> The question is will calling time() on Unix give a different time than on Windows?
> In other words, would Unix give Mar 10, 2009 10:13AM and Windows give Mar 11, 2009 10:18AM ?

time() is a C function; so what it returns depends on the implementation of the C runtime library. For instance, on Windows the Cygwin library and Microsoft CRT will return completely different values.

The result type of time() is an implementation-defined time_t. In every conforming implementation, time_t holds the representation of an abstract time point (a point in the abstract time continuum defined by the implementation).

Mar 10, 2009 10:13AM etc are wall-clock times specific to a calendar system and a time system. (An approximate mapping between the abstract time point and wall-clock times belonging to two calendar time systems are also part of the standard C library.)

> I want to get unix time in my program....
> Is there an easy (can fit in less than 20 lines of non-system dependent functions
> and without any API or WIN32 [unless simple] functions) way to do this?

IMHO, mike_2000_17's suggestion - use Posix Time from Boost Date_Time library - is by far the best.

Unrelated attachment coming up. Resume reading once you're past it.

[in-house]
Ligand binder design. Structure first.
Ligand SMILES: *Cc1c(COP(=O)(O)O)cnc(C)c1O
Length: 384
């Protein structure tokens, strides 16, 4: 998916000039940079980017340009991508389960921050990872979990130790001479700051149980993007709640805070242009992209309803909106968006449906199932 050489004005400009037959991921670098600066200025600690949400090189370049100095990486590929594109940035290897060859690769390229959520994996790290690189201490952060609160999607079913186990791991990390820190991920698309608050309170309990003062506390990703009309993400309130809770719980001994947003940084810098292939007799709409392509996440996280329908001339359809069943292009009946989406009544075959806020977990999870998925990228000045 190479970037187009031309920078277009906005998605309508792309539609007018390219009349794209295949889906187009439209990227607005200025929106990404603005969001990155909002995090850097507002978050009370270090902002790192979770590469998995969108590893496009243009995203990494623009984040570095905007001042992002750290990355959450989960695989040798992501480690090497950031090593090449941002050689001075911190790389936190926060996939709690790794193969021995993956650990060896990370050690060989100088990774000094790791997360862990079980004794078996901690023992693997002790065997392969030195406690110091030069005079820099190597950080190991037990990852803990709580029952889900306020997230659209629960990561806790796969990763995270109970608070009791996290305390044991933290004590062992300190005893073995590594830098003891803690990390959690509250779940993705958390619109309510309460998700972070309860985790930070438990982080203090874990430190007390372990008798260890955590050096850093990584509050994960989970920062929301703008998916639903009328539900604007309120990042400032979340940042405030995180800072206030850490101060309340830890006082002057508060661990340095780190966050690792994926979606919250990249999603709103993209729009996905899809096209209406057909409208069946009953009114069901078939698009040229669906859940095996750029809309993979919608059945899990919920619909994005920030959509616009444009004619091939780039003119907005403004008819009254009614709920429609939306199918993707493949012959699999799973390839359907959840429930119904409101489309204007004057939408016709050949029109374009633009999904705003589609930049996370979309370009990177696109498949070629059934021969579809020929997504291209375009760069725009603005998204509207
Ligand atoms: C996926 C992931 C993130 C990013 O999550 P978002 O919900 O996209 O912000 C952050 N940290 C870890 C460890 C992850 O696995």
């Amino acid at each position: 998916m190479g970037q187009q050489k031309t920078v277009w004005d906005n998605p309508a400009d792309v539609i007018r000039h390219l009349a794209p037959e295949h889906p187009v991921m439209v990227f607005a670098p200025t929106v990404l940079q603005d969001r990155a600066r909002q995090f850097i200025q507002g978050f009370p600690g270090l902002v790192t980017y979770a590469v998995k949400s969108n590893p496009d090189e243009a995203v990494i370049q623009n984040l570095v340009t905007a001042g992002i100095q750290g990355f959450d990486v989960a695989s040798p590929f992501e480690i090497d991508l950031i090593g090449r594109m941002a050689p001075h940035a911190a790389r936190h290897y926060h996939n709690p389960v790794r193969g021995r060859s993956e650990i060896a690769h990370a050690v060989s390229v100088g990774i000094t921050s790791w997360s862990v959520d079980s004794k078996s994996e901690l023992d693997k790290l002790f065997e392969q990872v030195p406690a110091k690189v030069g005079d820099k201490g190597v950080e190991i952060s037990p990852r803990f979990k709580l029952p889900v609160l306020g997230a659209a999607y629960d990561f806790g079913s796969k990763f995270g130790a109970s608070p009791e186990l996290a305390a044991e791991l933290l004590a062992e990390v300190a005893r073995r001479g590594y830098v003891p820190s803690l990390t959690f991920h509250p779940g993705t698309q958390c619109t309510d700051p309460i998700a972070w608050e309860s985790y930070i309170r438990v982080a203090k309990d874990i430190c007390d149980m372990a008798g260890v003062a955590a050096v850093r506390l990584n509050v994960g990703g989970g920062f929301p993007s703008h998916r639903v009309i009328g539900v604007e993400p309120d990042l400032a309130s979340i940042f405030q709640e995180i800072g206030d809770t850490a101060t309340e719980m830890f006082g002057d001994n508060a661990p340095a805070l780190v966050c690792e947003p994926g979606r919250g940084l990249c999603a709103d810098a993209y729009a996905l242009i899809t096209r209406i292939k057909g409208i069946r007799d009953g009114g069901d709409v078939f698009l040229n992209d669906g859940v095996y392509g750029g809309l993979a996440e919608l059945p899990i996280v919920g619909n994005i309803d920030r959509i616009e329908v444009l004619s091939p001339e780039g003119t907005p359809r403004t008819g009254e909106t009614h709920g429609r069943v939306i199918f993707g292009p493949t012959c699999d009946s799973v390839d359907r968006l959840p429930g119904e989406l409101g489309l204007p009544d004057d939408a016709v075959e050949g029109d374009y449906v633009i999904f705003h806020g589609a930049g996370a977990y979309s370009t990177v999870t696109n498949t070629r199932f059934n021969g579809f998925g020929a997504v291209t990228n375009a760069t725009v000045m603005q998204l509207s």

If you want to do it yourself, this is the kind of thing that is normally done when a mapping between Windows time and Unix time is required. (The code is based on that from Citrix.)

#include <cstdint>
#include <windows.h>

std::int32_t unix_time()
{
   SYSTEMTIME system_time ;
   GetSystemTime( &system_time ) ;
   FILETIME file_time ;
   SystemTimeToFileTime( &system_time, &file_time ) ;
   // Windows file time: number of 100 nanosecond intervals since January 1, 1601 UTC
   std::int64_t windows_time = file_time.dwHighDateTime << 32U + file_time.dwLowDateTime ;

   // Unix time: number of seconds (excluding leap seconds) since January 1, 1970 UTC
   // There are 134,774 days between these dates
   enum { NDAYS = 134774 } ;
   const  std::int64_t NSECONDS = NDAYS * 24 * 60 * 60 ;
   return ( windows_time / 10000000 ) - NSECONDS ;
}

Assuming that this is used on a Windows machine where the (NT based) kernel is disciplined by ntpd, the difference should never be more than one second (except minimum one, maximum two for about 35 minutes or so following an NTP leapsecond announcement).

Edited 5 Years Ago by vijayan121: n/a

I wasn't asking to get a dissertation on how time() works. (note my post count and Mod status -- I do know something :icon_rolleyes:)
It was to make the OP think about his question.

> (note my post count and Mod status -- I do know something )

Your post count is a number that says absolutely nothing about the quality of your posts.